BROOKLYN, Ohio — You want your local newsmakers to be open and honest with you, right? Let's be clear, then.
"Let's Be Clear" is all about transparency. WKYC has a clear, mobile newsroom that we're taking across the state over the next few weeks to talk to those making headlines in Ohio. Whether you agree with the guest, disagree, or are a fan of them, we know you have questions.
Click here to watch past episodes of "Let's Be Clear."
Now, we're back with Season 2, and on Thursday we sat down with George Rodrigue, editor to The Plain Dealer. You can watch the full interview again below:
Rodrigue became editor in 2015, and was named President & Editor of Plain Dealer Publishing Co. in 2017.
The Plain Dealer has been plagued with staffing cuts, most recently 12 reporters and editors at the end of March. Those layoffs were in addition to 29 jobs cut in December, when The Plain Dealer announced a move to a "centralized production system", set to start in early May.
Rodrigue discussed the current state of the paper following its slashed staffing numbers and explained how the publication maintains its relevancy in the changing media landscape. While Cleveland.com focuses on digital coverage, Rodrigue says The Plain Dealer continues to focus on its loyal subscribers.
"I want readers to buy subscriptions to The Plain Dealer, and I want them to work with us to help figure out what stories we should be telling, and if they've got story tips or questions, I want them to send them in," he said. "I want to work well with our readers because in my world, readers are subscribers. They're literally putting kids through college and we need to have as close of a relationship with them as we can."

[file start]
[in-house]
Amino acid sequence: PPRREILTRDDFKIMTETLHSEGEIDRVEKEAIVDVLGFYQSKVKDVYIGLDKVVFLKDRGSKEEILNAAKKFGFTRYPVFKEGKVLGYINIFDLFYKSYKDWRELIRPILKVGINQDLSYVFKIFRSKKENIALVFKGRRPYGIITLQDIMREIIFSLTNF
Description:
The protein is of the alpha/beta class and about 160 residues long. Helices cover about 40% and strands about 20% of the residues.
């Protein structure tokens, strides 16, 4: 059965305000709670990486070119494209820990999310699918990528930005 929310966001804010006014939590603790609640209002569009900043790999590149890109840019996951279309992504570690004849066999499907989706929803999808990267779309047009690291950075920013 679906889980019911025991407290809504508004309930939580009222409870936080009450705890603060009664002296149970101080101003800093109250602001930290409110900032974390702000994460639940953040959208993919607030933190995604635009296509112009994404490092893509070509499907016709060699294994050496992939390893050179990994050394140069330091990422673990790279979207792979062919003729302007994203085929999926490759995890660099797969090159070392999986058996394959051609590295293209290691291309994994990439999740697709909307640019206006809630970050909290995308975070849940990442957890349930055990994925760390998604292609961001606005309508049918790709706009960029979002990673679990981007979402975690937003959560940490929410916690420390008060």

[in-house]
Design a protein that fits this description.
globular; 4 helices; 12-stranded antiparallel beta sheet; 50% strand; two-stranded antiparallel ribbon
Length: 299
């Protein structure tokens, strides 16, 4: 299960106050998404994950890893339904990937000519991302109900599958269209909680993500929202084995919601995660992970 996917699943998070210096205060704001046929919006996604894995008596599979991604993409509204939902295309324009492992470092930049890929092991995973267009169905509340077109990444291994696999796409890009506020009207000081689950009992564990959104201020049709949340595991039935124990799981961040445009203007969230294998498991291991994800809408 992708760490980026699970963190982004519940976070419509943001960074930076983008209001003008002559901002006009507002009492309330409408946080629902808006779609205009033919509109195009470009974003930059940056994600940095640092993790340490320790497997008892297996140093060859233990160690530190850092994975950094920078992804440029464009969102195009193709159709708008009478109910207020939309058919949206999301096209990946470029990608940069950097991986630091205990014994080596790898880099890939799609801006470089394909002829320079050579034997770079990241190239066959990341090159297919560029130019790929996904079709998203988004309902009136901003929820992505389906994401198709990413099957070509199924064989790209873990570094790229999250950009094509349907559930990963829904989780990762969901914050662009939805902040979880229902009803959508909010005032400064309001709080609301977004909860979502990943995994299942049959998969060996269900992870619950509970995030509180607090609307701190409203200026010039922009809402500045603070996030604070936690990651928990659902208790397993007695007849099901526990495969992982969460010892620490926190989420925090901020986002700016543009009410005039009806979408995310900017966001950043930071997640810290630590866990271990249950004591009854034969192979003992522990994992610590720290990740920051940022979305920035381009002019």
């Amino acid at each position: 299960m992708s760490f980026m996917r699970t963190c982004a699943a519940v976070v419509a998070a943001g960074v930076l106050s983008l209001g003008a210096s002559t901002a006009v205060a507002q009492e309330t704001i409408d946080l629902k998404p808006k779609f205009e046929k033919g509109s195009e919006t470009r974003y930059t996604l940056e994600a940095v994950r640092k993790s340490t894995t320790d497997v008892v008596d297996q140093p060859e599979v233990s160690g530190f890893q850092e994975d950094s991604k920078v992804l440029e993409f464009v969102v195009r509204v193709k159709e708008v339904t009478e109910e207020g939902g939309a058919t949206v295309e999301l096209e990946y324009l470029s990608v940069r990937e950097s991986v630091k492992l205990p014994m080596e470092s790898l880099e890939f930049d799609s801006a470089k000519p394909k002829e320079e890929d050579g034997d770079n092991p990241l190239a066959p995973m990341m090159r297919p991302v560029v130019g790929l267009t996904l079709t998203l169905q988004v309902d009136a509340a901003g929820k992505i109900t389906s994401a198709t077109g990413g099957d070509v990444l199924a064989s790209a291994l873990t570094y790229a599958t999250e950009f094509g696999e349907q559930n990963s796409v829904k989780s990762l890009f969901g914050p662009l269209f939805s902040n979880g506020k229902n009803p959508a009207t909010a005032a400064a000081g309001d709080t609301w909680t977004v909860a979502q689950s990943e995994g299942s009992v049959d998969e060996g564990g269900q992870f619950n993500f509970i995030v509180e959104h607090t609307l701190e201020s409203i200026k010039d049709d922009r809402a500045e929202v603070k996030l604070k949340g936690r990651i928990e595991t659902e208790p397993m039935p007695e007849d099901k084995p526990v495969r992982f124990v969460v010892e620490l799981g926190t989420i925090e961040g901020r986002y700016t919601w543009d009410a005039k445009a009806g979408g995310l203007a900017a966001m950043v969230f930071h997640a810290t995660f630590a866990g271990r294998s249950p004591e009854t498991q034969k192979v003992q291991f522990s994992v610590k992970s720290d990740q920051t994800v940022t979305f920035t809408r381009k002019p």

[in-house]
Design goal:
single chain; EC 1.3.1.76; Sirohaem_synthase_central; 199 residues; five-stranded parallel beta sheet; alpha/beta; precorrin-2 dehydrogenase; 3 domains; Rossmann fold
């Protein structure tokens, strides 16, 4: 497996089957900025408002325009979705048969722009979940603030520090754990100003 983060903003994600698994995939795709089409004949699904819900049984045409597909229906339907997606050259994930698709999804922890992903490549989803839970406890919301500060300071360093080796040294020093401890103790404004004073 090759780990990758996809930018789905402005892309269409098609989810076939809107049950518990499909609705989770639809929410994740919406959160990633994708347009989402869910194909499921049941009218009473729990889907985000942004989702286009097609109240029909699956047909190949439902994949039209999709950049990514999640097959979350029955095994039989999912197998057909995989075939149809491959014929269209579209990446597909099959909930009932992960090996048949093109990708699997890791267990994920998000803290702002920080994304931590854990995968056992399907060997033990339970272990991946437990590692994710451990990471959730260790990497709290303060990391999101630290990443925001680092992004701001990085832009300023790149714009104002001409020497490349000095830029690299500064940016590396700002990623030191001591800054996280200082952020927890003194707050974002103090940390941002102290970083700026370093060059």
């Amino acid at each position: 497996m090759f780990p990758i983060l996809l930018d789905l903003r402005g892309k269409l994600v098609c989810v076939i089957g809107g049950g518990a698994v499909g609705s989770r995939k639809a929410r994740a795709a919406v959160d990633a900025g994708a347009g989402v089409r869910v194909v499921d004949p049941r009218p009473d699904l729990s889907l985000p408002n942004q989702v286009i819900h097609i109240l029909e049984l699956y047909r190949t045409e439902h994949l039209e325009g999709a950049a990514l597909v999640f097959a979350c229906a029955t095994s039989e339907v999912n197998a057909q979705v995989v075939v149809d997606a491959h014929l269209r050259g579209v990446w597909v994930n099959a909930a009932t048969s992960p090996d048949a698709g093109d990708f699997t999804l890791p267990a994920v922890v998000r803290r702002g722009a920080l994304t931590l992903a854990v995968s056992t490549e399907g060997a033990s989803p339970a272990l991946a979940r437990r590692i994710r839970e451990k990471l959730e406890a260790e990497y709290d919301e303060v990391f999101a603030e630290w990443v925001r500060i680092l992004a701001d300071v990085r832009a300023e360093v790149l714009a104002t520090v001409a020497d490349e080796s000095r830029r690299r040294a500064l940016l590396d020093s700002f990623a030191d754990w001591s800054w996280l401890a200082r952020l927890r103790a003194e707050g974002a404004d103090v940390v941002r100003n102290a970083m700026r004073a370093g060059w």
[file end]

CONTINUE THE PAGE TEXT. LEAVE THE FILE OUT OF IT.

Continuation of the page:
Rodrigue admitted that trimming staff won't necessarily lead to more revenue for the paper, but explained that it can help a struggling company.
"I think they [staff cuts] help you cope with declining revenue," he said. "The solution to everything is increasing revenue and that's a tough thing to ask for in our industry today."
With less reporters to cover Northeast Ohio's many communities and cultures, Rodrigue said that the paper has altered the process in how its staff covers stories.
"We're trying to come up with stories that just matter more from the start, because we don't have time to go to every city council or school board meeting anymore," he explained.
As a result of the paper's centralized production system, its layout will undergo a visual redesign, set to change in coming weeks. Rodrigue is fully aware the new look may seem jarring and unfamiliar, but urges readers to give it a chance.
"I think you'll find it easier to find things, easier to read stories," he said. "There's some real practical advantages to the redesign."